How To Create a Law Firm Marketing Strategy
To lay a foundation for an effective law firm marketing strategy, you need to perform five essential tasks:
1. Understand your target audience
2. Map your client’s journey
3. Define your value proposition
4. Differentiate your brand
5. Evaluate your competition
Let’s look at what each of these steps involves:
1. Understand Your Target Audience
There are different areas of law for a reason, so it makes sense that the audiences law firms market will follow suit. For example, a business litigation firm and a pharmaceutical mass tort firm aren’t targeting the same audience. Each audience has different specific needs that will attract them to their respective legal services. Defining your firm’s target audience is one of the most critical steps in developing your marketing strategy. If you’re not reaching the right people in the right way, your efforts will almost always fall short.
Understand who your clients are and their needs, and use this information to create a profile of your ideal client. Ask yourself, are you marketing to:
- Past clients?
- Current clients?
- Industry contacts?
- Other lawyers?
Expand your answers by considering the characteristics of your target client, such as:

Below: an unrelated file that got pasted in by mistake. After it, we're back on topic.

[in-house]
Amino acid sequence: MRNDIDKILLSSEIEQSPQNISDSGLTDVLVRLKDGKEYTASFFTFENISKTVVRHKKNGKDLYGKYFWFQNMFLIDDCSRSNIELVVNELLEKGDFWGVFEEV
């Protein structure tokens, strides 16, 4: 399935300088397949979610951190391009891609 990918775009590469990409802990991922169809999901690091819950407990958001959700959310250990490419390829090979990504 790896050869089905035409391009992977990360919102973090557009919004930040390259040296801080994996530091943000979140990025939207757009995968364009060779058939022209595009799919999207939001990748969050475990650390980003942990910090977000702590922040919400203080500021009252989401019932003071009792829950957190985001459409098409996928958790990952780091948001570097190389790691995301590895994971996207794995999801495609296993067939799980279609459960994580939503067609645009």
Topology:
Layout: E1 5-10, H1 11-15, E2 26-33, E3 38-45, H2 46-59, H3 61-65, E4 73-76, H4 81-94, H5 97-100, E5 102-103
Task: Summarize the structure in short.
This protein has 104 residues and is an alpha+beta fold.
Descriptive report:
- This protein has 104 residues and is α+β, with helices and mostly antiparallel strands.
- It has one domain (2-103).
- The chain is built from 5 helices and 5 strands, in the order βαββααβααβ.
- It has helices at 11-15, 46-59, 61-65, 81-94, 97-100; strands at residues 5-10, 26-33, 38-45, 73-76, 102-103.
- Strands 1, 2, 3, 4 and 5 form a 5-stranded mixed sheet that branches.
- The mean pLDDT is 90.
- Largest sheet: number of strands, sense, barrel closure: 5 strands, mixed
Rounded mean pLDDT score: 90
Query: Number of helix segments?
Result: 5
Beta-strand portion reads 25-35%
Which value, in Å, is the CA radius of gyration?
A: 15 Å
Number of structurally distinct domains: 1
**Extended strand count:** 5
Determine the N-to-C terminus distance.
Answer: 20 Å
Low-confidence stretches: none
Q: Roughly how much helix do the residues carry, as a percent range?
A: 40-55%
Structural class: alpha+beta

- Job title
- Preferred communication channels
This information can help you identify your clients, where they are, how to reach them, and what type of message will appeal to them.
In many cases, your target audience can be divided into multiple segments. In this case, you’ll want to create more than one ideal buyer profile. You can then prioritize the segments representing your most profitable opportunities and customize your marketing campaigns for different parts of your client base.
2. Map Your Client Journey
A client journey consists of your clients’ steps as they progress from potential clients to paying, satisfied clients who refer others to your firm. The beginning of the legal client journey can be divided into three main stages:
1. Awareness Stage
In the awareness stage, prospective clients become conscious of your brand. For example, they may hear about your firm from a friend, see your ad on TV, or stumble across your website. At this stage, they may not necessarily even be looking for legal assistance, but you’re on their radar, making them more likely to think of you if they do need a lawyer.
2. Consideration Stage
In the consideration stage, prospects become actively interested in learning more about your firm as they entertain the possibility of hiring you. They may take steps such as browsing your website, subscribing to your social media following and email lists, and reading your firm’s online reviews. If all goes well, this stage culminates with the prospect scheduling an initial consultation.
3. Decision Stage
In the decision stage, clients evaluate the pros and cons of hiring you and decide whether or not your fee is worth it. If they choose to hire you, this stage concludes with the client signing a representation agreement.
At this point, your prospect has become a client, and they enter a new leg of their client journey. Satisfied clients may become loyal, long-term clients and refer you to others, starting the marketing cycle again by bringing new clients into your door.